2 Different Sources of Pride

A colleague from the University of Wisconsin at Madison, Professor Scott Gehlbach, said to me the other day, "U.S. voters support Barack Obama for the same reason Russians supported President Vladimir Putin -- they want to feel proud of their country again."

This is quite amusing. The unpopularity of the current U.S. president has truly made the role of opposition leader look attractive, and the struggle for the Democratic presidential nomination, though expectedly heated, promises to be unexpectedly protracted. Senators Hillary Clinton and Barack Obama have emerged as the strongest contenders following the primaries in Iowa, New Hampshire, South Carolina and Nevada, but neither has yet taken a clear lead.

There are very many differences between U.S. and Russian presidential campaigns. With individual political contributions in the United States capped at the absurdly low, by Russian standards, sum of $2,300 per person, both candidates have had to intensify fundraising efforts to finance the blitz of television advertisements they will be broadcasting in the 22 states holding primaries Tuesday. In addition to television appearances, candidates have been speaking to seven or eight different groups every day in a heated race to the finish. Though the Russian presidential elections are scheduled for March 2, the leading presidential candidate, First Deputy Prime Minister Dmitry Medvedev, does not have to work so hard. Moreover, he hasn't even spelled out his political program.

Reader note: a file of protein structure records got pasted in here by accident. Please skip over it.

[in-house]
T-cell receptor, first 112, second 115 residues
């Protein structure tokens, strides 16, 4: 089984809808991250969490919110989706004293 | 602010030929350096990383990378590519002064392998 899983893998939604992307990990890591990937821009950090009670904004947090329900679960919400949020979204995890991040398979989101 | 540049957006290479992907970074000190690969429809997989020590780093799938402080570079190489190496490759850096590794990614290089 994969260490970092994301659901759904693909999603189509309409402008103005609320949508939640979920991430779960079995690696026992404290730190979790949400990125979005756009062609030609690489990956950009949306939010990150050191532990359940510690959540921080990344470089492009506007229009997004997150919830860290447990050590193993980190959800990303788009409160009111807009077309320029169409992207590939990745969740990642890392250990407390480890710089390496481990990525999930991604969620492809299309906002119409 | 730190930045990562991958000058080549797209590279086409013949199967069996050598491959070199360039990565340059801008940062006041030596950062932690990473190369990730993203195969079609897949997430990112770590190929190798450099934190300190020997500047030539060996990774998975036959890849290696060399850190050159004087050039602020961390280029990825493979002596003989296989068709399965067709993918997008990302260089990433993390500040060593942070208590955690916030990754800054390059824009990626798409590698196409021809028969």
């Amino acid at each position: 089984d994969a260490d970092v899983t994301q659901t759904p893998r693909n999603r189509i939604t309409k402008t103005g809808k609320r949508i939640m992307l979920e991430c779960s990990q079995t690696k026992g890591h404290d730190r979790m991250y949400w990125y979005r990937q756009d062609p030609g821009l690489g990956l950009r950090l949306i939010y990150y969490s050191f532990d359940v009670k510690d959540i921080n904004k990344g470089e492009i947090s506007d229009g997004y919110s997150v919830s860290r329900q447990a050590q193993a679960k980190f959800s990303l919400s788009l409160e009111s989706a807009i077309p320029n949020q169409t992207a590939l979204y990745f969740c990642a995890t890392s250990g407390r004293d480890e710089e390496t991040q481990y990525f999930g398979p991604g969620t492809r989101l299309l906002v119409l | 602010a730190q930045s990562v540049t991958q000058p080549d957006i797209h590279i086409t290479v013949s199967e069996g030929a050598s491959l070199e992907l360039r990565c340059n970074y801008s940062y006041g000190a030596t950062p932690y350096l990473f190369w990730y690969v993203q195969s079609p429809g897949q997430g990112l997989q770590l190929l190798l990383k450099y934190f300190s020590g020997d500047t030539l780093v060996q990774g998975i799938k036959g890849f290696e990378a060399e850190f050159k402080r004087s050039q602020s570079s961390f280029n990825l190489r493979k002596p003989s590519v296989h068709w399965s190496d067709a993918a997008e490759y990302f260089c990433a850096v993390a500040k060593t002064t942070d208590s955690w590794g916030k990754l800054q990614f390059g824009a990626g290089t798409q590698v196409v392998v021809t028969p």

The situation within the Republican Party is even more complex, but Senator John McCain will likely win the nomination. The fact that McCain lost the same contest to President George W. Bush eight years ago is one more indication that U.S. voters want a fundamental change in leadership, and they very much want to take pride in their country once again.

Obama has been addressing the same issues in his speeches and public appearances -- how to lower the cost of medical insurance, how to help those homeowners who cannot make their mortgage payments as a result of the subprime banking crisis and how to pull U.S. troops quickly out of Iraq without causing chaos in the region. Obama's proposed solutions to these problems are not as detailed as Clinton's, whose main advantage is her in-depth knowledge of many pressing issues. She demonstrates this skill on a daily basis in her televised meetings with voters. Obama's strength is his ability to involve tens of thousands of voters in the political process who previously took little or no interest in it at all.

Almost fifty years ago, another candidate who also defined his platform in vague but lofty terms and whose photograph graced the covers of many magazines, became president of the United States. Although John F. Kennedy failed to push a single major piece of legislation through Congress during his nearly three years in office, millions of Americans consider him to be one of the country's greatest presidents. Through his words and personality, Kennedy embodied the new hopes and dreams of an entire generation.

A Russian reader of this column, which is being published during the final stretch of the Russian presidential campaign, might wonder why I would write about another country's election. But think again. The assertion from my American colleague that U.S. voters are supporting Obama for the same reason Russians like Putin is both right and wrong at the same time. Why? The answer is simple: Obama promises a future that Americans can be proud of, while Putin has brought Russians back to their glorious past.

Konstantin Sonin, a professor at the New Economic School/CEFIR, is a columnist for Vedomosti.